An random matrix follows a matrix variate normal distribution with location parameter and scale matrices and of dimensions and , respectively, denoted by , if the density of can be written as

(1)

One notable property of the matrix variate normal distribution (Harrar & Gupta 2008) is

(2)

where is the multivariate normal density with dimension , is the vectorization operator, and is the Kronecker product.

2.3 Mixture of Factor Analyzers Model

For the purpose of this section, we temporarily revert back to the notation where represents a -dimensional random vector, with as its realization. The factor analysis model for is given by

where is a location vector, is a matrix of factor loadings with , denotes the latent factors, , where , and and are each independently distributed and independent of one another. Under this model, the marginal distribution of is . Probabilistic principal component analysis (PPCA) arises as a special case with the isotropic constraint (Tipping & Bishop 1999b).

Ghahramani & Hinton (1997) develop the mixture of factor analyzers model, which is a Gaussian mixture model with covariance structure . A small extension was presented by McLachlan & Peel (2000), who utilize the more general structure . Tipping & Bishop (1999a) introduce the closely-related mixture of PPCAs with . McNicholas & Murphy (2008) constructed a family of eight parsimonious Gaussian models by considering the constraint in addition to and . There has also been work on extending the mixture of factor analyzers to other distributions, such as the skew- distribution (Murray et al. 2014, 2017), the generalized hyperbolic distribution (Tortora et al. 2016), the skew-normal distribution (Lin et al. 2016), the variance-gamma distribution (McNicholas et al. 2017), and others (e.g., Murray et al. 2017).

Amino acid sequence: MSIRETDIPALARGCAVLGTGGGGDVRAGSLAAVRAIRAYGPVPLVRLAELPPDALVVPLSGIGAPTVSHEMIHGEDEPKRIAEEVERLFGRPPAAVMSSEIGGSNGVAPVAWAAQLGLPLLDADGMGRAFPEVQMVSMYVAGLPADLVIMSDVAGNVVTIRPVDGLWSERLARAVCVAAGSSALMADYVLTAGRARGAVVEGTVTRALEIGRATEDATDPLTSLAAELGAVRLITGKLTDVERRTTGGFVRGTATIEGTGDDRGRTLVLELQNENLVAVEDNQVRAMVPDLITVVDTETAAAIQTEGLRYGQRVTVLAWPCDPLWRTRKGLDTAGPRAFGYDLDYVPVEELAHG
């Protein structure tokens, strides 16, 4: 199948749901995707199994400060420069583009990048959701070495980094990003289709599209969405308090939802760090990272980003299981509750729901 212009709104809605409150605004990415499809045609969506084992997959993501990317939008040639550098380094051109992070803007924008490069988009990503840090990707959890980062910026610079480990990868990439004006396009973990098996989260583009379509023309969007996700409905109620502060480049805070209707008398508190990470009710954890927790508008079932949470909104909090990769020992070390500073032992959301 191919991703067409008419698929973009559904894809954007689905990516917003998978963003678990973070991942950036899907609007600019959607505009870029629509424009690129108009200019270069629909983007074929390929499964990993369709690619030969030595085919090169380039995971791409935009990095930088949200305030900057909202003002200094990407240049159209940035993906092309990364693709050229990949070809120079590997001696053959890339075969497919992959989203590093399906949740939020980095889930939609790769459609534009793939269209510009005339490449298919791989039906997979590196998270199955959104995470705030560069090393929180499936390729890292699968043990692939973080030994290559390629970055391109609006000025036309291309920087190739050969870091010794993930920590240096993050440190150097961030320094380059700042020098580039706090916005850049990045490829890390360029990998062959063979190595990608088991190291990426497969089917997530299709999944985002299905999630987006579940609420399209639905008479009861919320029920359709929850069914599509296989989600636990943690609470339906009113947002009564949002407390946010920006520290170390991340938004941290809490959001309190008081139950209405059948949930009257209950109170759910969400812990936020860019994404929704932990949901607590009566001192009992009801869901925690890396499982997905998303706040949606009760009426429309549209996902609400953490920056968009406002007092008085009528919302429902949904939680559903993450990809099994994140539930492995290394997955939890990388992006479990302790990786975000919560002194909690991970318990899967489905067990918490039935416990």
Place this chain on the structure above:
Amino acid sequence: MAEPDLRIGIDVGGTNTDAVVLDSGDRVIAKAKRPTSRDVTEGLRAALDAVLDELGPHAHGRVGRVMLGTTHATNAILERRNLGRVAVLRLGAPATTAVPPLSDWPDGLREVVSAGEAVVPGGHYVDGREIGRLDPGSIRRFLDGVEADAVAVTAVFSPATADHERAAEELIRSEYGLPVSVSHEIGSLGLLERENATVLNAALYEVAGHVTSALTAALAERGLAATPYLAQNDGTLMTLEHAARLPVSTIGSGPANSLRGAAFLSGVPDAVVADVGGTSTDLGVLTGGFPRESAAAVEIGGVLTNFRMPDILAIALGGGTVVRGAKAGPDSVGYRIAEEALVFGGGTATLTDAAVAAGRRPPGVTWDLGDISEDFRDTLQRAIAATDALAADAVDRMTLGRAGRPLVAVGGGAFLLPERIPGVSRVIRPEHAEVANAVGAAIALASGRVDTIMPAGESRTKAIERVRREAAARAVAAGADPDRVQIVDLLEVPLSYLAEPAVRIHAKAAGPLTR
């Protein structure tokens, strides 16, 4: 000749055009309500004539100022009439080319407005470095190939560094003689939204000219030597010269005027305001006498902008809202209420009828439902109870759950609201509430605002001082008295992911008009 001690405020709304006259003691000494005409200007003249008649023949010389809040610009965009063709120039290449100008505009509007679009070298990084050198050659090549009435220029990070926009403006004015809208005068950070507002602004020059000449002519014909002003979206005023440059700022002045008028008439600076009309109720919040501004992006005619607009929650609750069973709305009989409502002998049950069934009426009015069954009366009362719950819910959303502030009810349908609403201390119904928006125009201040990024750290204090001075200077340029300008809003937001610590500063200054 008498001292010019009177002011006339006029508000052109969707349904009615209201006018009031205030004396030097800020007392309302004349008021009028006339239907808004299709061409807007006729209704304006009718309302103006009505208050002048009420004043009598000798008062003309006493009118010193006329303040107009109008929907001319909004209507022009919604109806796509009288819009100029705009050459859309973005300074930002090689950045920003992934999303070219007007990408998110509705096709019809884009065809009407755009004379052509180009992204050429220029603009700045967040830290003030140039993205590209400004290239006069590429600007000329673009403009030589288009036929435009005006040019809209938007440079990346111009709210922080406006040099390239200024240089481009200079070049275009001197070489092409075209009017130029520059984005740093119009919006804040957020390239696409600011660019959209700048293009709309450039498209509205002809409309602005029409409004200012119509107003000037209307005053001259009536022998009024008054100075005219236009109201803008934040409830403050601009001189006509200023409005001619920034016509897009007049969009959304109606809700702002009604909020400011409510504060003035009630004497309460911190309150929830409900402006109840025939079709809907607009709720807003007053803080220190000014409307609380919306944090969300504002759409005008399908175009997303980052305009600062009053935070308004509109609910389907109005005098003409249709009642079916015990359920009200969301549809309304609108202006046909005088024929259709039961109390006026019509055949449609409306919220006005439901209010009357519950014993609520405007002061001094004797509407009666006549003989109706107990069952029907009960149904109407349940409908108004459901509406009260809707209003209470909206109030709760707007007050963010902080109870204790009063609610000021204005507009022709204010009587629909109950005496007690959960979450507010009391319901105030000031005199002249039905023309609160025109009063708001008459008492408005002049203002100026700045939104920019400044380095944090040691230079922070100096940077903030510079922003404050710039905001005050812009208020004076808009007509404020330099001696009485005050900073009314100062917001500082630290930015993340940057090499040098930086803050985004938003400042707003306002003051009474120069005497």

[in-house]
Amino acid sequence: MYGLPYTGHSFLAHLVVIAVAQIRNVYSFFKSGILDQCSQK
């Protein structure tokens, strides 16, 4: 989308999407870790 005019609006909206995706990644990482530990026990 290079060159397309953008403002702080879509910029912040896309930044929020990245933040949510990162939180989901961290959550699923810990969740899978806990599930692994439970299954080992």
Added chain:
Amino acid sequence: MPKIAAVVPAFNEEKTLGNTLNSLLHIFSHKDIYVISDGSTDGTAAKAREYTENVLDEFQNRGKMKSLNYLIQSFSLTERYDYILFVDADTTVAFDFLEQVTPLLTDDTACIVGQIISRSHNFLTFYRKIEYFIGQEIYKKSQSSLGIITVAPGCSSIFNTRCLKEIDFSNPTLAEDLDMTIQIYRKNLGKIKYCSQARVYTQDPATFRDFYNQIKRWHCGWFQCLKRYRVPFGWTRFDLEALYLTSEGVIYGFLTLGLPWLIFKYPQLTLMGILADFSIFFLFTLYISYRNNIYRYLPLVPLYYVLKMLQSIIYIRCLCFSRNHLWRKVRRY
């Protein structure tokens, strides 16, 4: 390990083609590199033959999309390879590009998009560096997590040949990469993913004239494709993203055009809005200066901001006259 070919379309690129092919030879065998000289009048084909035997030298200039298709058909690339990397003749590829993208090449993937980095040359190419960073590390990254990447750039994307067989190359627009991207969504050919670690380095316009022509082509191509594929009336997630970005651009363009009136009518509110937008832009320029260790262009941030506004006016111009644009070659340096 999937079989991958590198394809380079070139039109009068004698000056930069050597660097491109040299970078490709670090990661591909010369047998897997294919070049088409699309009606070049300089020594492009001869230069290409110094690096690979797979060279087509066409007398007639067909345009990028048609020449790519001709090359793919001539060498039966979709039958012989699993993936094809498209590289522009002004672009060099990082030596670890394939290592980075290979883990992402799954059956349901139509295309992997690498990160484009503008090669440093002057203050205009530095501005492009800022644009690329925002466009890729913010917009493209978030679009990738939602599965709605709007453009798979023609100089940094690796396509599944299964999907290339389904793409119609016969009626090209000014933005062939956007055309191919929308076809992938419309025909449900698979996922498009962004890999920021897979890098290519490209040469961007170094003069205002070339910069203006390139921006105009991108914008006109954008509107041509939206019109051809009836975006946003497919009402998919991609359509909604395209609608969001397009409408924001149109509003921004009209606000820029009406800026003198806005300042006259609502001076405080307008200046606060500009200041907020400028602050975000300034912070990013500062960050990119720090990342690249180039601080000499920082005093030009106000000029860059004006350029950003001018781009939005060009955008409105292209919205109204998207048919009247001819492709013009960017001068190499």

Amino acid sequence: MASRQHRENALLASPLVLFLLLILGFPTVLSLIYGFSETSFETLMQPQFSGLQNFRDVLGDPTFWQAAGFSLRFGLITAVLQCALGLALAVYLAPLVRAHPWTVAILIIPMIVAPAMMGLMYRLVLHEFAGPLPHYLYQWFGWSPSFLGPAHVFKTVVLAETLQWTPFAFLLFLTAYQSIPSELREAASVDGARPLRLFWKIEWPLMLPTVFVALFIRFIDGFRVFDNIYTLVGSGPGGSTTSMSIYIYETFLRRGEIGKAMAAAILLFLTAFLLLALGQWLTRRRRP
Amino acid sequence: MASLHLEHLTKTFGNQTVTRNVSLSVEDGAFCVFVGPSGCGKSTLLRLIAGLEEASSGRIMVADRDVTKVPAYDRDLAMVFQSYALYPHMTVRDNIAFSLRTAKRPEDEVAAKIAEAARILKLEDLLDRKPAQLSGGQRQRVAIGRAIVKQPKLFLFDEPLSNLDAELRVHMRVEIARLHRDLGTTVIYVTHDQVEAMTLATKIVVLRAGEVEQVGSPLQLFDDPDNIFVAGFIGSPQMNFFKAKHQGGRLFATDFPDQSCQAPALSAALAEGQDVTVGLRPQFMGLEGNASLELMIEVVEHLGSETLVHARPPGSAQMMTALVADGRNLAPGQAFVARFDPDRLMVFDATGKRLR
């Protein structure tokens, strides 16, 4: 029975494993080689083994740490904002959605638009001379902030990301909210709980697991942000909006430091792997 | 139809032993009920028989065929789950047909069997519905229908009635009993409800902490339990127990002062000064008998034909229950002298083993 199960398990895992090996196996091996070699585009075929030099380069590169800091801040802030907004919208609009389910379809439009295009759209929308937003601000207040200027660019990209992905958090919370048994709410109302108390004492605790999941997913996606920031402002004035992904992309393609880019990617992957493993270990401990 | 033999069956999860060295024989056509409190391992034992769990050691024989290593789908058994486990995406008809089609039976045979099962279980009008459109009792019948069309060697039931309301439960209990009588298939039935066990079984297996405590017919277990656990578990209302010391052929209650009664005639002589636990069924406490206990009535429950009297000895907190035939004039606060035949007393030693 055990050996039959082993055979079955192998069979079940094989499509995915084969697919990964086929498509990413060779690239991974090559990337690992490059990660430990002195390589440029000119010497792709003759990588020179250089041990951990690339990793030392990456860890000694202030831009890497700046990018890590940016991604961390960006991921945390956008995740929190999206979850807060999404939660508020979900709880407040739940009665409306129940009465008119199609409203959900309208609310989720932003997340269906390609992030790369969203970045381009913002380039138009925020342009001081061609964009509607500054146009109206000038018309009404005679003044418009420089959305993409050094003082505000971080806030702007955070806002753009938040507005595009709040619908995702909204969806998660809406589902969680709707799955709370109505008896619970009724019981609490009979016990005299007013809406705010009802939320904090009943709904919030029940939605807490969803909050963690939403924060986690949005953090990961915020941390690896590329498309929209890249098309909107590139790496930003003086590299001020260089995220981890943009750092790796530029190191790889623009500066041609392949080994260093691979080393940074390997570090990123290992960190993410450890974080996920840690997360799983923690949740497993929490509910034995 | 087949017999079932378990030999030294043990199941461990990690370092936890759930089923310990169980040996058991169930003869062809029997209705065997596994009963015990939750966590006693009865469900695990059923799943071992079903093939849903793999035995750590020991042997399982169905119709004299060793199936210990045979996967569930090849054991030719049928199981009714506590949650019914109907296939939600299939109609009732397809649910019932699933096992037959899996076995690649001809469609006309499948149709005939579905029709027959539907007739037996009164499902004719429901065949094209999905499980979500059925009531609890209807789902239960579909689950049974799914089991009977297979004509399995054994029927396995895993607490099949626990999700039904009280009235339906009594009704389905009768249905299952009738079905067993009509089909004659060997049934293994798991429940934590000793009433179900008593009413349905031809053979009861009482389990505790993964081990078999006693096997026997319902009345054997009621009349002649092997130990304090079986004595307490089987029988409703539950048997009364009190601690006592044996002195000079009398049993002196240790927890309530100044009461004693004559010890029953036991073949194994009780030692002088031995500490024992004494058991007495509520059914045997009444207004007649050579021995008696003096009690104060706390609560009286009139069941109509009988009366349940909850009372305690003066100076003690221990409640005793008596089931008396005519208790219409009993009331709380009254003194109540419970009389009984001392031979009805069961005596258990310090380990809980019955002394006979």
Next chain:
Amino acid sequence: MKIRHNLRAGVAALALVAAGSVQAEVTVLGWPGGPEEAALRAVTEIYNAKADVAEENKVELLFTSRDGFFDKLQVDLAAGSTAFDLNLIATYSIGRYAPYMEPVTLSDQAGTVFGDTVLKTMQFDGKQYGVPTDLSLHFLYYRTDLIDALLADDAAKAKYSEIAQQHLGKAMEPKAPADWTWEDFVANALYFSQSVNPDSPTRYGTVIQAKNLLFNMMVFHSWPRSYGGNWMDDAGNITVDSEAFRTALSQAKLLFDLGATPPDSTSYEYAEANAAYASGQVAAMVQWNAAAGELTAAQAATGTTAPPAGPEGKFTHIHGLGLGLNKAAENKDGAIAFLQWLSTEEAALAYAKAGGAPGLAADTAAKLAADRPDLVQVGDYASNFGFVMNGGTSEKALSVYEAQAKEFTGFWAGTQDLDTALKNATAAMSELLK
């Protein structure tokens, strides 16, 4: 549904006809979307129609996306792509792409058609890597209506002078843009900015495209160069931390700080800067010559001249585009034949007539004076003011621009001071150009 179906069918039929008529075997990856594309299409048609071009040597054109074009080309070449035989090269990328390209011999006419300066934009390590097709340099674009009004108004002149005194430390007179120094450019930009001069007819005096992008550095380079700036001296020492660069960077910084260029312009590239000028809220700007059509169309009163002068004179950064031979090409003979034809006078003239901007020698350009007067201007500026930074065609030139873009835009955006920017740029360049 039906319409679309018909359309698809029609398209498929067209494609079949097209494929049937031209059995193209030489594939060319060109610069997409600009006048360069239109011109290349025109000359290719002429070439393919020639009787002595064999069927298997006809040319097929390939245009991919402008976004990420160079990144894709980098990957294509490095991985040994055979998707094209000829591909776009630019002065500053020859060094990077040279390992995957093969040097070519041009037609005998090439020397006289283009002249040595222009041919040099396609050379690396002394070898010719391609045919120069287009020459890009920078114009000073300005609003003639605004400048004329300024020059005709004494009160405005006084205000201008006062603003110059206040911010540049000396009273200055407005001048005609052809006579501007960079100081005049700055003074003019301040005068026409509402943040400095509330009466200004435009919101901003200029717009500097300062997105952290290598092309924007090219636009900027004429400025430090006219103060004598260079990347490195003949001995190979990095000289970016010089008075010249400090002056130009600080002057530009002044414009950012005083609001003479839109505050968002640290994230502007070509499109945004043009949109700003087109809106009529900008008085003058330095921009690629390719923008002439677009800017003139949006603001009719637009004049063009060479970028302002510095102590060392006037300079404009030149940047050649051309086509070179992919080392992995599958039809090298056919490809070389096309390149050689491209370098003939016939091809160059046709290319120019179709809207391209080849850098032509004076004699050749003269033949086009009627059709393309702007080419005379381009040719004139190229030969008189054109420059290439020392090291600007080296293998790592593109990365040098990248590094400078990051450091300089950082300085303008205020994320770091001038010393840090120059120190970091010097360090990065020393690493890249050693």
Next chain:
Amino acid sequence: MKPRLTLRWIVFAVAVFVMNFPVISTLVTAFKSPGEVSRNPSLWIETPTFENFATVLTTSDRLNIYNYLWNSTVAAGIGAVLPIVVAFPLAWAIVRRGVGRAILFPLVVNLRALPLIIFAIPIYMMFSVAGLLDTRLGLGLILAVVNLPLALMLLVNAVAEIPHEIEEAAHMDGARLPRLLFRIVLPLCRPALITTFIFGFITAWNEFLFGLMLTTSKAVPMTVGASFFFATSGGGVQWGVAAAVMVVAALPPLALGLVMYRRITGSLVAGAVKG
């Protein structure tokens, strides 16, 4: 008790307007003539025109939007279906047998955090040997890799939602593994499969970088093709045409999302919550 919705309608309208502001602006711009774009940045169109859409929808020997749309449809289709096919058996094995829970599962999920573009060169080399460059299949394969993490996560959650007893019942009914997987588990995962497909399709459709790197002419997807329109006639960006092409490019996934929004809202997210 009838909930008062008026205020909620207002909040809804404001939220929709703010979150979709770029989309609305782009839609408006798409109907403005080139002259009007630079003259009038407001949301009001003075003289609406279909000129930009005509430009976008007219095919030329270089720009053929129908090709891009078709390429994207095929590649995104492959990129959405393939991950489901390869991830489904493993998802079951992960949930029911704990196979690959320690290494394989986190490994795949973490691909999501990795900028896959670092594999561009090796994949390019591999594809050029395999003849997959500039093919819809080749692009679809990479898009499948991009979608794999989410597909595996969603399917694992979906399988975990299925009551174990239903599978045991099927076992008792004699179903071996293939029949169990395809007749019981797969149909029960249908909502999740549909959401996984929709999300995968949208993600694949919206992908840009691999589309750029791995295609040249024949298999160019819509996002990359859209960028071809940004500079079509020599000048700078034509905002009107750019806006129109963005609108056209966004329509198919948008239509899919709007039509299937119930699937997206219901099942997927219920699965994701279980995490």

2.4 Previous Work on Matrix Variate Factor Analysis

Xie et al. (2008) and Yu et al. (2008) consider a matrix variate extension of PPCA in a linear fashion. The model assumes an random matrix can be written

(3)

where is an location matrix, is an matrix of column factor loadings, is a matrix of row factor loadings, , and . It is assumed that and are independent of each other. The main disadvantage of this model is that, in general, does not follow a matrix variate normal distribution.

Zhao et al. (2012) present bilinear probabilistic principal component analysis (BPPCA) which extends (3) by adding two projected error terms. The resulting model assumes can be written

(4)